Mercedes motorsport boss Toto Wolff insists there was nothing suspicious about Nico Rosberg's wild steering movements on the entry to Mirabeau during the controversial end to Monaco Grand Prix qualifying.
Rosberg was investigated after securing pole position to see if he had deliberately run off the track to bring out the yellow flags.
Although the race stewards ruled that he had done nothing wrong, questions were raised about his actions - and especially the strange steering inputs before he locked up and went down the escape road.
Felipe Massa was one driver who questioned how the incident looked from the on-board footage.
"The steering was a bit strange, but what can you do?" he explained.
"He made a mistake, but you cannot say he did it on purpose or not. He will say no forever."
Wolff has revealed that the team's telemetry data shows that Rosberg was simply trying to keep control of his car after braking too late for the corner.
"The car was unsettled," Wolff told AUTOSPORT after Rosberg was cleared of any wrong doing.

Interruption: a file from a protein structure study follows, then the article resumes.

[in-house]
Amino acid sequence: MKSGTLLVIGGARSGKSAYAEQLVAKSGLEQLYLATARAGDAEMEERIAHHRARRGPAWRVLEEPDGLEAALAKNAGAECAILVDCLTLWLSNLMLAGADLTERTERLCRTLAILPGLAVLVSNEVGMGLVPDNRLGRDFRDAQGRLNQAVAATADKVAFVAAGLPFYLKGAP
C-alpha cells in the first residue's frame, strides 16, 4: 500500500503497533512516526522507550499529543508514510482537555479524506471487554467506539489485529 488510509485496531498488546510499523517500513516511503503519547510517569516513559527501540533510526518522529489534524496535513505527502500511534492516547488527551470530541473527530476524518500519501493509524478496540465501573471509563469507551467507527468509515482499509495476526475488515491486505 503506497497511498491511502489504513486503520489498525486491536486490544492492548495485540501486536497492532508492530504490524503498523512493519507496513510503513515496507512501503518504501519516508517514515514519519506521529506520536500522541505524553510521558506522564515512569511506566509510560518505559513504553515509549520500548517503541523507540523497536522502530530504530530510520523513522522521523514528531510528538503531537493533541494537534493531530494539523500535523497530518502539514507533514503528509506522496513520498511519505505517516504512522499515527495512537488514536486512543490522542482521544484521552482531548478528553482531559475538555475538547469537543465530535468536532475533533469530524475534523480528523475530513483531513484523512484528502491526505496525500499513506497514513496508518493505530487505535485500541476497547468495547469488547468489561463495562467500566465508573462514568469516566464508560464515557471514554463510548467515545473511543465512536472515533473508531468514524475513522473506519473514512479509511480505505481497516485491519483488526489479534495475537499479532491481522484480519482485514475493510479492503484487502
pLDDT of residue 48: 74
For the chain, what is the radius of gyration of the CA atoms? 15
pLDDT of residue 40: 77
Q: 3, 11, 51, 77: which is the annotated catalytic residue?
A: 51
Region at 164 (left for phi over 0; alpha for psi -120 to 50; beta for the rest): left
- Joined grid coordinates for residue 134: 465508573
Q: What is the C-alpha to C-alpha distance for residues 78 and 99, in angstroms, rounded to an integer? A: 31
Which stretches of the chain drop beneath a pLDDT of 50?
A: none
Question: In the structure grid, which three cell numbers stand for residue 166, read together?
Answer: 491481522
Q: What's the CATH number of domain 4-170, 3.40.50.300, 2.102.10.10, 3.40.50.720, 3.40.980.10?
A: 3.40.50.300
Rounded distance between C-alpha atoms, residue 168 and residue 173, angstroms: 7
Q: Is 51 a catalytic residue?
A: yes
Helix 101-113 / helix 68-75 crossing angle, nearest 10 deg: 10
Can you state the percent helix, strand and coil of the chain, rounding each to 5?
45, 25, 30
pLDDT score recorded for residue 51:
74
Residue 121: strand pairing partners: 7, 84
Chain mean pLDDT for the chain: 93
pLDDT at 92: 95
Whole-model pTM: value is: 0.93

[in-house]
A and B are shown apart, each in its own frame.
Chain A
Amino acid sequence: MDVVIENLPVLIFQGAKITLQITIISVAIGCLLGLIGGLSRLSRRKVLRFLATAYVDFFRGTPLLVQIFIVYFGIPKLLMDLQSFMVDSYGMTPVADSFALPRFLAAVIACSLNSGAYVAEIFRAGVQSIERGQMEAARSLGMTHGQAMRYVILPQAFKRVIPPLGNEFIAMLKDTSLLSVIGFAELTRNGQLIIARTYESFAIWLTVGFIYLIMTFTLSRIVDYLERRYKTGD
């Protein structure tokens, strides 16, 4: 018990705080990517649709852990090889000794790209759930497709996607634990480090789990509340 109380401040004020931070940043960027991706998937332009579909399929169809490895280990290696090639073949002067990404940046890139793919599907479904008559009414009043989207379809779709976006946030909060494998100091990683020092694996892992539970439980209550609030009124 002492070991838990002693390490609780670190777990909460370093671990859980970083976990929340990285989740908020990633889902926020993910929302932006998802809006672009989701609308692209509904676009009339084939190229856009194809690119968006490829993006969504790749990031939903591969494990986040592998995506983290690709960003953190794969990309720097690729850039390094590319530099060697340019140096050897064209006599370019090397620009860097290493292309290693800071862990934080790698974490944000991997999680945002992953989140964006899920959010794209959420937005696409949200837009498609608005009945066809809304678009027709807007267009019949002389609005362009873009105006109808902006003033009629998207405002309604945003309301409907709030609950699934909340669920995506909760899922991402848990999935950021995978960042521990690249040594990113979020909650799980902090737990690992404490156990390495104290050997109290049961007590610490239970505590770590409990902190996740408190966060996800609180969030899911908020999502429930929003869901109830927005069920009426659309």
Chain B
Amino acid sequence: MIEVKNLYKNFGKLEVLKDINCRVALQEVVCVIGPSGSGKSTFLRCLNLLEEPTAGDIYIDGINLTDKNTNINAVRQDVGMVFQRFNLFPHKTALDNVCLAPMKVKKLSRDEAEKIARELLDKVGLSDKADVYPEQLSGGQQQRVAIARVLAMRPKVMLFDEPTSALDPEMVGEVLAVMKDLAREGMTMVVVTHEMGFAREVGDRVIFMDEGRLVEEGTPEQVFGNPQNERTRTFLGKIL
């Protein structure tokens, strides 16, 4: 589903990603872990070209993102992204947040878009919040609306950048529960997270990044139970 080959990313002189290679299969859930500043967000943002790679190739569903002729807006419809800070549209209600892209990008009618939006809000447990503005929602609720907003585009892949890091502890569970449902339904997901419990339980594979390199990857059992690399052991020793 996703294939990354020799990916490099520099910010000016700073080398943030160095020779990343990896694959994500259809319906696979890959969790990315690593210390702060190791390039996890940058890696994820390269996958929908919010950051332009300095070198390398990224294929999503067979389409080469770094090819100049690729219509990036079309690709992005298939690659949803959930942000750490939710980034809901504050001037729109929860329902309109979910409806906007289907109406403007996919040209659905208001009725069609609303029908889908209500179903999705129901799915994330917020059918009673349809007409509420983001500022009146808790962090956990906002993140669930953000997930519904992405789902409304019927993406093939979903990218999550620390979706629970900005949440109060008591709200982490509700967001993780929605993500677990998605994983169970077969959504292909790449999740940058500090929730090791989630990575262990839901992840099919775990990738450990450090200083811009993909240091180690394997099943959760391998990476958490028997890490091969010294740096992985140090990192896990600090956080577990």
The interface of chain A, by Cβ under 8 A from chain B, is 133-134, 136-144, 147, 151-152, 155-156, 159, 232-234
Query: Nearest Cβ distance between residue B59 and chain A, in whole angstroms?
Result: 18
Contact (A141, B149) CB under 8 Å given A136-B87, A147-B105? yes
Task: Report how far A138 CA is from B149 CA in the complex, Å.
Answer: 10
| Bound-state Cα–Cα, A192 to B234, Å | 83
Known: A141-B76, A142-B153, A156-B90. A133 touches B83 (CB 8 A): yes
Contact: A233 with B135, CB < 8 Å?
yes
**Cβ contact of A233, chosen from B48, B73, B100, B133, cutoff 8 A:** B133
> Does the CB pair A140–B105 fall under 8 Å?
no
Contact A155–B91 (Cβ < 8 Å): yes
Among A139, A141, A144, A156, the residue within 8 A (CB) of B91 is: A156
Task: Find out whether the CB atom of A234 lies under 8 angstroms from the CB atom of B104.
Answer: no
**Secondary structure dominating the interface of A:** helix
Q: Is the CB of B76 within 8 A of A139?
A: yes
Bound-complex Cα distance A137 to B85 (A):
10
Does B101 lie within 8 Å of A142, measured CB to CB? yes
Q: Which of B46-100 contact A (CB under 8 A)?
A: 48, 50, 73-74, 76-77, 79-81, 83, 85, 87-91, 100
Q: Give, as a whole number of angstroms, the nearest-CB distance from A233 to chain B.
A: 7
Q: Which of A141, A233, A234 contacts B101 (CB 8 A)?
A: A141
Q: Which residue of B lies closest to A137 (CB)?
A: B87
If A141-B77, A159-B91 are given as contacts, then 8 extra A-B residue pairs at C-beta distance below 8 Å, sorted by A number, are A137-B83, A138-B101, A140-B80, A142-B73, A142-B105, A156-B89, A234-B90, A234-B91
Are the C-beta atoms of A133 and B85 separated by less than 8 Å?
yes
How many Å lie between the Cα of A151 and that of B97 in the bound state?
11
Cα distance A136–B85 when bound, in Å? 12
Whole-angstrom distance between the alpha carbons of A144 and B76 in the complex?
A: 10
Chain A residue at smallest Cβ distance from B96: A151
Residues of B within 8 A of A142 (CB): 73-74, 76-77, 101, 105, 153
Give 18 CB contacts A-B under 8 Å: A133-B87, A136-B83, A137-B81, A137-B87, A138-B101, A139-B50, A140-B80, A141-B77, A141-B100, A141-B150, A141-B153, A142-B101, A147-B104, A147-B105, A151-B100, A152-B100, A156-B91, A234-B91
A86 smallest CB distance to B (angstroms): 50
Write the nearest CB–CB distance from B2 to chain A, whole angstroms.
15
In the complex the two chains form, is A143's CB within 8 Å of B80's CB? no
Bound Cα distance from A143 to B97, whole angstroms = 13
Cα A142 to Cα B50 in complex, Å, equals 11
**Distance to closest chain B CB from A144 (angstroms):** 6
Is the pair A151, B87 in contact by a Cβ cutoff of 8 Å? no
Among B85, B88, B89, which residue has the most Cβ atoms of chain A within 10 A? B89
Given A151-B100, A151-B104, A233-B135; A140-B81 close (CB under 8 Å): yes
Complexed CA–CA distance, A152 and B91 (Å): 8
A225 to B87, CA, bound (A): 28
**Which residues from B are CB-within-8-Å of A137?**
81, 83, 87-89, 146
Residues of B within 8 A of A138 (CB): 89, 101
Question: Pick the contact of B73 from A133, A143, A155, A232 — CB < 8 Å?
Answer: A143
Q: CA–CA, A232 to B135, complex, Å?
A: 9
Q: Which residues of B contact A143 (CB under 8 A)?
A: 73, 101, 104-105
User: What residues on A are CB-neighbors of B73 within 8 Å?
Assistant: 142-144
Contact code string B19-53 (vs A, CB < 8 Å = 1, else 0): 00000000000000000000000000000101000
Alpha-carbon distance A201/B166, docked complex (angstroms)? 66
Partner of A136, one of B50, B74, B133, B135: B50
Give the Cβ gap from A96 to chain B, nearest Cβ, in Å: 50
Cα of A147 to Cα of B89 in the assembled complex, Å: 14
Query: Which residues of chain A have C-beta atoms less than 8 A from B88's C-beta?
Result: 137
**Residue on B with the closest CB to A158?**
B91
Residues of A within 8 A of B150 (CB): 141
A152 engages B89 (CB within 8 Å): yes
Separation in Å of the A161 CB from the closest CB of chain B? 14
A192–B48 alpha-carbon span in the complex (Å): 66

"We see it on the data that he was braking a bit later [into Mirabeau]. They both braked later in Turn 3 [Massenet) already, both the exact same amount of metres.
"They both braked later on each of the runs and this is what it was. It was just an unsettled car because he was braking later."
TEAM-MATE SUSPICIONS NORMAL
Although Mercedes is keen to play down the incident, Wolff says that suspicions expressed by Hamilton about Rosberg's actions can be explained by the intensity of the title fight.
"If you want to win a world championship, you have to be suspicious," he said.
"It is not going to be the last time it is going to get emotionally intense between the drivers. If you have a shot at the world championship that is clear."
Wolff is adamant, however, that the team can move on from the Monaco qualifying incident after Rosberg apologised to Hamilton.
"It is all discussed and it was a very tough narrow fight between the two of them," he said.
"We analysed the data and there is nothing else to be said."